This study investigated youth's modeling of and deidentification from parents in romantic relationships using two phases of data from adolescent siblings, mothers, and fathers in 246 Mexican-origin families. Each parent reported his and her marital satisfaction and conflict, and youth reported on parent–adolescent warmth and conflict at Time 1. Youth's reports of modeling of and deidentification from their mothers and fathers and three romantic relationship outcomes were assessed at Time 2. Findings revealed that higher parental marital satisfaction, lower marital conflict, and higher warmth and lower conflict in parent–adolescent relationships were associated with more modeling and less deidentification from parents. Moreover, higher deidentification was linked to a greater likelihood of youth being involved in a romantic relationship and cohabitation, whereas more modeling was linked to a lower likelihood of cohabitation and older age of first sex. Discussion underscores the importance of assessing parental modeling and deidentification and understanding correlates of these processes.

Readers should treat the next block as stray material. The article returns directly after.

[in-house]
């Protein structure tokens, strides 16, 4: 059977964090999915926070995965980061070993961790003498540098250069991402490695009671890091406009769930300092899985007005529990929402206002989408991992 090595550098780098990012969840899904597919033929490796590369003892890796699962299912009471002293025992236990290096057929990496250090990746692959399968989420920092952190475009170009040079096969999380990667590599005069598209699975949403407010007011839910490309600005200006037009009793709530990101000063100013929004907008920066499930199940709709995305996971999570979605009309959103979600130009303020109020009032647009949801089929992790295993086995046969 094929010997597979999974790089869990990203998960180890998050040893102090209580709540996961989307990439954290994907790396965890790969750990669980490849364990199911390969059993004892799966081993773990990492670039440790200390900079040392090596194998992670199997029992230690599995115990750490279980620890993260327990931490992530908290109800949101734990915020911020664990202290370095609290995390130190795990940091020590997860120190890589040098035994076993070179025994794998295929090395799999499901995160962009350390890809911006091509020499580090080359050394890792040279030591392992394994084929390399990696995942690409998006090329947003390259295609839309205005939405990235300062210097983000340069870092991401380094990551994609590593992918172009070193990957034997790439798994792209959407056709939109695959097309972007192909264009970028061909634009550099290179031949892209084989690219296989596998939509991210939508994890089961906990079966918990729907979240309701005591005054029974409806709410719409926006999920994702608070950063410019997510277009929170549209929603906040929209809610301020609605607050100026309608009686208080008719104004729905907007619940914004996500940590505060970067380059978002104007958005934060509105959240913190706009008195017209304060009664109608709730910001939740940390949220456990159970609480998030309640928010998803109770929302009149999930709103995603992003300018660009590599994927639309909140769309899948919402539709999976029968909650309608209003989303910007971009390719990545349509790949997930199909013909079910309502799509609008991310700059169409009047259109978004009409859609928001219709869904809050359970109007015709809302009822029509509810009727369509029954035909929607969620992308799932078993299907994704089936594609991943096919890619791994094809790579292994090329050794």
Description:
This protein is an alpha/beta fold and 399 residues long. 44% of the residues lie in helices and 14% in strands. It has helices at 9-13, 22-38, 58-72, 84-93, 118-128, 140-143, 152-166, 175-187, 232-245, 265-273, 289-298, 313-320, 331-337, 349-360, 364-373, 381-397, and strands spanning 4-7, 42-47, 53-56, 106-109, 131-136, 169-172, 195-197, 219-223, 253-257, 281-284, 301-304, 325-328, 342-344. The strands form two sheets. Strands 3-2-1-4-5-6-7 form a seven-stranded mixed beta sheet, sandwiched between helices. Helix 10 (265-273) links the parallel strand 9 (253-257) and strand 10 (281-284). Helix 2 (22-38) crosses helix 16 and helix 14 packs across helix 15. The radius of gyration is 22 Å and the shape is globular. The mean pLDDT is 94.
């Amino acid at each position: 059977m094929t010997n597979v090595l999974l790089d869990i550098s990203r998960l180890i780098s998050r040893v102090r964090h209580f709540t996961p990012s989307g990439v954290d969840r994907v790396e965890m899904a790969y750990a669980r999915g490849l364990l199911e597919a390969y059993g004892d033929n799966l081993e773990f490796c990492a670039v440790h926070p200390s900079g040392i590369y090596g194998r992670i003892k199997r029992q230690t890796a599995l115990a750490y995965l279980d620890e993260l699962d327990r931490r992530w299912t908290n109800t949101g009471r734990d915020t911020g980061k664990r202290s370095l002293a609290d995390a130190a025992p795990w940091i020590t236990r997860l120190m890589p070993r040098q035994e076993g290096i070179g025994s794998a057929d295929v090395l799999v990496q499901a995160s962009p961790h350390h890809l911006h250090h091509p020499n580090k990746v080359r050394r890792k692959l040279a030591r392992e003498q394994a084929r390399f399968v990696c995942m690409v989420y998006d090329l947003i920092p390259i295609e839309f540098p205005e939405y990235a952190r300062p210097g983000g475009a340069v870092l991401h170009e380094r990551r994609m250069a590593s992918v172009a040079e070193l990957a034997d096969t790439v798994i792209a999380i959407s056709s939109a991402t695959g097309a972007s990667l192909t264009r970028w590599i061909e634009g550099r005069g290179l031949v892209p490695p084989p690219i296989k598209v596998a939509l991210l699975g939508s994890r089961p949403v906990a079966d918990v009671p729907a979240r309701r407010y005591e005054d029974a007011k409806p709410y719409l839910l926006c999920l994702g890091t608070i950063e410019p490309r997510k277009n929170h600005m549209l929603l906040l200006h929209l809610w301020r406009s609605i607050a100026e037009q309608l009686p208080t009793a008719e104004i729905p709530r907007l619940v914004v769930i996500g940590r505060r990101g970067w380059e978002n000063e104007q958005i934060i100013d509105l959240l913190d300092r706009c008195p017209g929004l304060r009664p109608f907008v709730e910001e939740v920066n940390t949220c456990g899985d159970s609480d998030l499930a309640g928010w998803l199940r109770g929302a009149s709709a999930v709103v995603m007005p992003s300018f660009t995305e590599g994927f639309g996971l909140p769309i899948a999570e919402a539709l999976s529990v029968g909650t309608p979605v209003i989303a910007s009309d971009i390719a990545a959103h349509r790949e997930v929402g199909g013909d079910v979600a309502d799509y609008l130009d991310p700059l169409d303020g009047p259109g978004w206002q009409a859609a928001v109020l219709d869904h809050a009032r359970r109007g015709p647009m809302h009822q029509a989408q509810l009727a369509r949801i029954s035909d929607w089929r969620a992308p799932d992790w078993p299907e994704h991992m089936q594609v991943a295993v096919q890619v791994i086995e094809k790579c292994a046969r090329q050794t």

- Mexican-origin adolescents
- parental influences
- romantic relationships
ASJC Scopus subject areas
- Arts and Humanities (miscellaneous)
- Social Sciences (miscellaneous)